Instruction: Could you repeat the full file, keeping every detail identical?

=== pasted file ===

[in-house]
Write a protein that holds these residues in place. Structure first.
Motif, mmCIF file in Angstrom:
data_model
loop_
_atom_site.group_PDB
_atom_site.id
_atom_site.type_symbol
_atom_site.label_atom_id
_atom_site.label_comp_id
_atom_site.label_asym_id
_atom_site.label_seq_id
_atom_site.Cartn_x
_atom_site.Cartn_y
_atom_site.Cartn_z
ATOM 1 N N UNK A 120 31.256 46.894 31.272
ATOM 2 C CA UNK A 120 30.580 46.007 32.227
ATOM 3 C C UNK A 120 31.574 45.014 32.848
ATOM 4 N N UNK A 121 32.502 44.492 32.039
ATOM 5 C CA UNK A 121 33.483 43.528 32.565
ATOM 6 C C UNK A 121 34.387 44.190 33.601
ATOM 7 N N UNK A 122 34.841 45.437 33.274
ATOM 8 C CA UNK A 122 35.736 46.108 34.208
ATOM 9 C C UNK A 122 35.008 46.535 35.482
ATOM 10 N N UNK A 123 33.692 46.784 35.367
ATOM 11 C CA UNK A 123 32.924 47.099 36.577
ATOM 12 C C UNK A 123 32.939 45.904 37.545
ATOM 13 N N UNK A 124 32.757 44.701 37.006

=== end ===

[in-house]
Write a protein that holds these residues in place. Structure first.
Motif, mmCIF file in Angstrom:
data_model
loop_
_atom_site.group_PDB
_atom_site.id
_atom_site.type_symbol
_atom_site.label_atom_id
_atom_site.label_comp_id
_atom_site.label_asym_id
_atom_site.label_seq_id
_atom_site.Cartn_x
_atom_site.Cartn_y
_atom_site.Cartn_z
ATOM 1 N N UNK A 120 31.256 46.894 31.272
ATOM 2 C CA UNK A 120 30.580 46.007 32.227
ATOM 3 C C UNK A 120 31.574 45.014 32.848
ATOM 4 N N UNK A 121 32.502 44.492 32.039
ATOM 5 C CA UNK A 121 33.483 43.528 32.565
ATOM 6 C C UNK A 121 34.387 44.190 33.601
ATOM 7 N N UNK A 122 34.841 45.437 33.274
ATOM 8 C CA UNK A 122 35.736 46.108 34.208
ATOM 9 C C UNK A 122 35.008 46.535 35.482
ATOM 10 N N UNK A 123 33.692 46.784 35.367
ATOM 11 C CA UNK A 123 32.924 47.099 36.577
ATOM 12 C C UNK A 123 32.939 45.904 37.545
ATOM 13 N N UNK A 124 32.757 44.701 37.006